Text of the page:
Now that grad students have narrowly escaped the proposed tax increase included in President Trump’s sweeping overhaul of the US’s tax code, does this mean they can breathe a collective sigh of relief? Not so much, according to experts. Here’s a closer look at why grad students may not be completely in the clear.
What’s Next for Grad Students?
Graduate students spent the past month working to defeat the House of Republicans’ plan to treat their waived tuition fees as taxable income. While their victory was cause for celebration, experts say this is just the beginning.
In fact, “The tuition tax proposal is just one in a growing list of graduate school benefits that House Republicans have in their legislative sights. Next up is an extensive rewrite of the law governing the nation’s higher education system, and again, Republicans hope to drastically curtail or end revenue streams that graduate students rely on to pursue advanced degrees,” says The Post Gazette.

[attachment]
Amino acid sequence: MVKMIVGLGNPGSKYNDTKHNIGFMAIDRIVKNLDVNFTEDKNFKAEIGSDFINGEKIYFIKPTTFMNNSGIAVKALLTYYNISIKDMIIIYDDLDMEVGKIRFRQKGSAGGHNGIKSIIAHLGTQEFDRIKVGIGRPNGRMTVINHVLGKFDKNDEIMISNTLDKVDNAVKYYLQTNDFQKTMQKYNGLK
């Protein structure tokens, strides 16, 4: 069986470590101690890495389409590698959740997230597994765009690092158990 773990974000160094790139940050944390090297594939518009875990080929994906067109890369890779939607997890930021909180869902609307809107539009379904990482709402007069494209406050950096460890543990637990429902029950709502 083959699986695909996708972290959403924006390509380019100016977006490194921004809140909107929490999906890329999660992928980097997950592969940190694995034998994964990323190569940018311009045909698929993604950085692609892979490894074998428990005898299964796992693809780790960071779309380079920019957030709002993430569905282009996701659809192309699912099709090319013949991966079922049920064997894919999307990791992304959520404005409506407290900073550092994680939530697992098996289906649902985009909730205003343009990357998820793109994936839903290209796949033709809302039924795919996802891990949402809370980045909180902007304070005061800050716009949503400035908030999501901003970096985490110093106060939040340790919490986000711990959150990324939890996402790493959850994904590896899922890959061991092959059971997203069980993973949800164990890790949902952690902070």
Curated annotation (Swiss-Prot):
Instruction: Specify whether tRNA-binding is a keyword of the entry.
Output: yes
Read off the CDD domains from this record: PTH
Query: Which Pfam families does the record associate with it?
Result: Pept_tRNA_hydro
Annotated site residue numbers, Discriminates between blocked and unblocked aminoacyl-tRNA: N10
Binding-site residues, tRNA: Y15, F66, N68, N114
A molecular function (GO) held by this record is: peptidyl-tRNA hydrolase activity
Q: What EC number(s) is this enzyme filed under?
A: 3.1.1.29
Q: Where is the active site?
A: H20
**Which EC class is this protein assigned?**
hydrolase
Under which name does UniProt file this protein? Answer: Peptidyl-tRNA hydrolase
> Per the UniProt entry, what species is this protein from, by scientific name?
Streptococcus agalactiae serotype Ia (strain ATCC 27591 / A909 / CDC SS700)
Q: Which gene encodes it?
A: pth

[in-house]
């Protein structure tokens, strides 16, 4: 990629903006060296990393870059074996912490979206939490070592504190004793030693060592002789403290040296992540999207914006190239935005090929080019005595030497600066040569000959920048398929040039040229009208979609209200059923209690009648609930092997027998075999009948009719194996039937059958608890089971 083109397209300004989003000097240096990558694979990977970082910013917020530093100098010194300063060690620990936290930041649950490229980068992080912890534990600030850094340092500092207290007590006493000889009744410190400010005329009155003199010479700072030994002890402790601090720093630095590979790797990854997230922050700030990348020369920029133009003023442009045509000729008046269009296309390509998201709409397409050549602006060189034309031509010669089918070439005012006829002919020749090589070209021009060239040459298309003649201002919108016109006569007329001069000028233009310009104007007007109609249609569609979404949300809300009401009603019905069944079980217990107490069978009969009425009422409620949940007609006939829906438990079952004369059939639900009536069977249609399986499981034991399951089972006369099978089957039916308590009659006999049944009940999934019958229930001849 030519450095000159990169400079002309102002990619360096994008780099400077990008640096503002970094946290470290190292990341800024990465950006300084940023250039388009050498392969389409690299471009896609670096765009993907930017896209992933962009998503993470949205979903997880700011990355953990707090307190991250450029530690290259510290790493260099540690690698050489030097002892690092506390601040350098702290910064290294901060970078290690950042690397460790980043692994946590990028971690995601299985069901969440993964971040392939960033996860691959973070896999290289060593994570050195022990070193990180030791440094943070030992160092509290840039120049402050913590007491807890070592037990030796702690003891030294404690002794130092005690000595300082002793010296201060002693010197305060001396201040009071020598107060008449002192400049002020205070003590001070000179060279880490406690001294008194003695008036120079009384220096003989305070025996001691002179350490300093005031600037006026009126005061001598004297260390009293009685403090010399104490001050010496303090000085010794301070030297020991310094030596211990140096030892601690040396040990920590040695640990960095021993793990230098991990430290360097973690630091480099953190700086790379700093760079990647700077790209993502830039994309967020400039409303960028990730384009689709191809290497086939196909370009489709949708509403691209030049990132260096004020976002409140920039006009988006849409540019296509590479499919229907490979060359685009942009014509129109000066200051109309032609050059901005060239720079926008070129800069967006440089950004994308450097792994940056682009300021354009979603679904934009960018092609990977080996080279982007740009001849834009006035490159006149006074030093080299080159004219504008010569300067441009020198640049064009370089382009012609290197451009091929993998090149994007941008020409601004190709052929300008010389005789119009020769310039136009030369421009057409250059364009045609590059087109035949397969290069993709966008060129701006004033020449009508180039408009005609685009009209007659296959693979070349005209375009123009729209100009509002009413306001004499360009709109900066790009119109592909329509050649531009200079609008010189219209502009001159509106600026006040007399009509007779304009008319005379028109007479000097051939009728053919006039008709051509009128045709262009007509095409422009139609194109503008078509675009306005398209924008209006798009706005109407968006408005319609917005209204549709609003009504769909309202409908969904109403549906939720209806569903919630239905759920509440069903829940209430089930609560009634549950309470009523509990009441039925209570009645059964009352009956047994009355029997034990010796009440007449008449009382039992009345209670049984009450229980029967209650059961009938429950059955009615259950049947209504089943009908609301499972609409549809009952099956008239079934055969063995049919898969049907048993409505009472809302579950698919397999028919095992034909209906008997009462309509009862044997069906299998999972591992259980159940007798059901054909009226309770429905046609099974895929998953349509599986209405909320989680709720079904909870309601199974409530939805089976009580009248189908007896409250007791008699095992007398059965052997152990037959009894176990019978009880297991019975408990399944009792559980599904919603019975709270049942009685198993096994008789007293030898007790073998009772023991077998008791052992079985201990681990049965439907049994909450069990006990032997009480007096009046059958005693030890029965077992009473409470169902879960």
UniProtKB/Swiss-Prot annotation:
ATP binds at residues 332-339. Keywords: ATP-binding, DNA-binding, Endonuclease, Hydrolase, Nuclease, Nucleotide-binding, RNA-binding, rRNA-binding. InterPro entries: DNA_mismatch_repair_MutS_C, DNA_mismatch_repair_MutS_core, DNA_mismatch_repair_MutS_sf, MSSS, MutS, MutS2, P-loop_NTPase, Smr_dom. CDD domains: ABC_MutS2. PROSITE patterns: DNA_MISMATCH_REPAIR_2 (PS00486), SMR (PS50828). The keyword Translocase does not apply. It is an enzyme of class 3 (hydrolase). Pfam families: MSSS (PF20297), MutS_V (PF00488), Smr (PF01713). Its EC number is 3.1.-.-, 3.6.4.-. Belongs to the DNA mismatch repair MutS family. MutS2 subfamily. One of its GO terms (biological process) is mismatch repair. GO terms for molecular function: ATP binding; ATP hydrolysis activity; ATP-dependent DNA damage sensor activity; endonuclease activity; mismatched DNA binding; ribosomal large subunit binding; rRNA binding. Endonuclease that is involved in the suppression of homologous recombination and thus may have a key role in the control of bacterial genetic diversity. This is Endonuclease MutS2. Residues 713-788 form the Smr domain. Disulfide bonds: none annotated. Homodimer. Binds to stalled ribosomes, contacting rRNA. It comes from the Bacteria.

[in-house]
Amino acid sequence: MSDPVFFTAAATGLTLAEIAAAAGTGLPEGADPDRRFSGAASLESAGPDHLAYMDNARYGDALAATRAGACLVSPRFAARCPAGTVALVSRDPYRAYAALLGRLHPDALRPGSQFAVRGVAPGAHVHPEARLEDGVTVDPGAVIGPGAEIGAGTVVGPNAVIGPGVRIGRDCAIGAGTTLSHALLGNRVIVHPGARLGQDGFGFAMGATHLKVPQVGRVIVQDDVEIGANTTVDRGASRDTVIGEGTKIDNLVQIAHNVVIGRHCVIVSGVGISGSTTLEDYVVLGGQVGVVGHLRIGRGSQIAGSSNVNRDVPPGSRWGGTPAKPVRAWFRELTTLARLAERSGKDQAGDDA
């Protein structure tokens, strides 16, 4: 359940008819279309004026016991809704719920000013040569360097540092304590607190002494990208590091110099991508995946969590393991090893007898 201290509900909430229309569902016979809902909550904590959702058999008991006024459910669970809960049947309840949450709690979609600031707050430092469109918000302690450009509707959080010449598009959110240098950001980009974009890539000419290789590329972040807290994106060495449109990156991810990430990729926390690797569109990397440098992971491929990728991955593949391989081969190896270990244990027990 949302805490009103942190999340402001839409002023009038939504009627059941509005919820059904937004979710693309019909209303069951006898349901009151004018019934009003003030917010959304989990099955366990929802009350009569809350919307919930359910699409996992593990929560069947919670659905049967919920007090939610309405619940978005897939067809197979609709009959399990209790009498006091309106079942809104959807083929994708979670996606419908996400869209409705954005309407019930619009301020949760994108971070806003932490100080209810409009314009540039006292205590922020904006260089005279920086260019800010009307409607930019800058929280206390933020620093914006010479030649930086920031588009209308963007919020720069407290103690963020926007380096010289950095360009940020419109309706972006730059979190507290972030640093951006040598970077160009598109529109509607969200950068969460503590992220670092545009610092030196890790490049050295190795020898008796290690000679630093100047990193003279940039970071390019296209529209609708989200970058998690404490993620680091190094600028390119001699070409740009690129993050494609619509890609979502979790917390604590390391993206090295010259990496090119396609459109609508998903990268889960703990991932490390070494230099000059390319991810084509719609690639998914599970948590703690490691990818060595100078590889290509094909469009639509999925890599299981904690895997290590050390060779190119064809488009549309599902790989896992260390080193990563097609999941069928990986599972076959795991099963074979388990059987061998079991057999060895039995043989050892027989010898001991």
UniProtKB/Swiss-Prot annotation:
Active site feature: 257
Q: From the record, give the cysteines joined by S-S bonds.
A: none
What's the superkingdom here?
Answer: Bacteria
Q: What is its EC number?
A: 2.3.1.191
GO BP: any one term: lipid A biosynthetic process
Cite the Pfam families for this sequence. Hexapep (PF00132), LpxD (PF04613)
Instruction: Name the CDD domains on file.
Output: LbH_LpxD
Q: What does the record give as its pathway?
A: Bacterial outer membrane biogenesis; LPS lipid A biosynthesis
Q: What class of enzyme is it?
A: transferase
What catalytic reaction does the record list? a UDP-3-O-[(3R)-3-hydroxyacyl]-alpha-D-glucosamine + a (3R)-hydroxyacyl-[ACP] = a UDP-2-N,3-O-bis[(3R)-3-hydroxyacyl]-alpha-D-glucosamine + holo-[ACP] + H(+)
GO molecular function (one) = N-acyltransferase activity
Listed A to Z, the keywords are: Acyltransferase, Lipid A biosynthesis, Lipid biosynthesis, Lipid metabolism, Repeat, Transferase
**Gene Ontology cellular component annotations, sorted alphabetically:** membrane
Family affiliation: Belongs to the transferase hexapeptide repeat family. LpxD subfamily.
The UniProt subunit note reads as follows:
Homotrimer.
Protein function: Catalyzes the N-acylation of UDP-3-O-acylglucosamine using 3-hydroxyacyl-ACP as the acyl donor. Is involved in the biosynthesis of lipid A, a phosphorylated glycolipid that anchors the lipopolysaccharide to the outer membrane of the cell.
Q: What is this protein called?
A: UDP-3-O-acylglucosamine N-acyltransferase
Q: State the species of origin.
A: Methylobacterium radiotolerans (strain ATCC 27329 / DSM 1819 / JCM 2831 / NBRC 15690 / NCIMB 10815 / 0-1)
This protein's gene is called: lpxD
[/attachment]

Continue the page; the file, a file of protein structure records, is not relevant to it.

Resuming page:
Indeed, the looming rewrite of the Higher Education Act contains its own dangers to graduate students, including ending loan forgiveness programs and introducing borrowing caps for funds from the federal government.
And for Higher Education at Large?
But it’s not just grad students who have cause for concern. Justin Draeger, president of the National Association of Student Financial Aid Administrators, told The Post Gazette, “I think there’s a general assault on higher education right now. I think it’s tied into a dangerous narrative in our country about elitism. It undervalues our most important resource, which is our inventiveness, our ingenuity, our ability to solve big problems.”
The good news? Higher education advocates are primed for the fight. Campus activism scholar Angus Johnston told The Atlantic, “The connections that people have made, the experience people have had in organizing in recent weeks [aren’t] going away. There is a heightened awareness of the specific threat to students represented by the current regime in Washington.”
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